With the increase of inclusivenessin the society, the perspective towards LGBT (Lesbian, Gay, Bisexual, Transgender) group has changed a lot in the past few decades. Although it was once considered as a mental health issue, people with heterosexual orientation have now been convincedof no discrimination against the ones who are non-heterosexually oriented. According to Ngun and Vilain (2014), sexual orientation is influenced by genetic composition, and formed during the first 12 weeks of pregnancy. Research also indicates that sexual orientation can be inherited from one’s family, suggesting that homosexual individuals tend to have greater number of homosexual relatives than heterosexual people (Bailey, & Pillard, 1991). Therefore, it is important to recognize the LGBT group as a natural part of the society and treat them equally as others.
Many businesses have also started to recognize the importance of this minority group. According to a survey conducted by ZANK – an online service platform for the LGBT group (2016), in industries such as catering, hotel, cosmetics and travelling businesses, the demands and consumption power of LGBT group are 5 to 6 times higher than those of heterosexual individuals. Also, a company with diverse employees and consumers tends to have better external image and more creative working environment (Cunningham, & Melton, 2014). In order to attract these consumers, many companies like Converse, Burger King, and Adidas have started to launch LGBT marketing strategies. LGBT marketing typically includes companies’ investment to products that target the sexual minority population, and advertisements that explicitly show support and respect for the rights of those individuals, and some companies also donate part of their profits to needed people in the LGBT group. Since the rainbow is used as a symbol to represent the LGBT community, companies usually add this component in their products, and so the LGBT marketing is also called “Rainbow Marketing”.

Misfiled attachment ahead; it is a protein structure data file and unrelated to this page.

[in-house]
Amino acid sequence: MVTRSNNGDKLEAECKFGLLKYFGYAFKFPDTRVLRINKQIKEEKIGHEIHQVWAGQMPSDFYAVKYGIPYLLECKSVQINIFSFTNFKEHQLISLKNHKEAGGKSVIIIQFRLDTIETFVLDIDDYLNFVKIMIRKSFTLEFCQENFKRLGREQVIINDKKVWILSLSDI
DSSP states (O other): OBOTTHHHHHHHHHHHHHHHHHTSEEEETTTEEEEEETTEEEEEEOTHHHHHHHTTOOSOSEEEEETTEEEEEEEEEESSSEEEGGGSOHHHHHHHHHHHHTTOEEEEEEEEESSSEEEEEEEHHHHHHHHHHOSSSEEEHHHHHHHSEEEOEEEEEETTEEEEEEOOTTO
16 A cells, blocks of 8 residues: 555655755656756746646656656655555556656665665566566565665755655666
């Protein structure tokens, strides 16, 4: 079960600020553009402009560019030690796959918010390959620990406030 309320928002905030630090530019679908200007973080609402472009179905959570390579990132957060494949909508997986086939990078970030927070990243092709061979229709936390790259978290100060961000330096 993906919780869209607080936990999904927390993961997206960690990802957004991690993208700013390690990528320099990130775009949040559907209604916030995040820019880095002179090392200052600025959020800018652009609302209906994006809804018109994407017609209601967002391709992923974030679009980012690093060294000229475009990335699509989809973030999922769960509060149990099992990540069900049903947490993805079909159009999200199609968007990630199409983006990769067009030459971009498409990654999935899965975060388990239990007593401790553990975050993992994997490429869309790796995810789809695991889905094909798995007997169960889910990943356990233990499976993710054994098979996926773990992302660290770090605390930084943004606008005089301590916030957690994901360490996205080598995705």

It has been suggested that this marketing strategy could shape the corporate image to be more inclusive and diverse, which in turn effectively improve sales volume (Cunningham, & Melton, 2014). With such effectiveness, it is surprising to see that this marketing strategy has been rarely used in China.
While many countries have done relatively well in terms of advocating and promoting the equality for LGBT individuals, the attitudes towards this minority group haven’t changed much in China. According to a survey conducted by the United Nations, only 8.1% of family members of the Chinese LGBT population can accept their sexual orientation (United Nations Development Programme, 2016). Even for highly educated people like college teachers, the acceptance rate is only 33%. Therefore, almost 55% of non-heterosexual individuals in China choose not to disclose their identities. The choice of hiding from others has become a strategy to protect themselves.
Based on all the information above, I propose two questions: Why does LGBT advertising have such low prevalence rate in China? What is the acceptance rate for Chinese consumers towards LGBT advertising?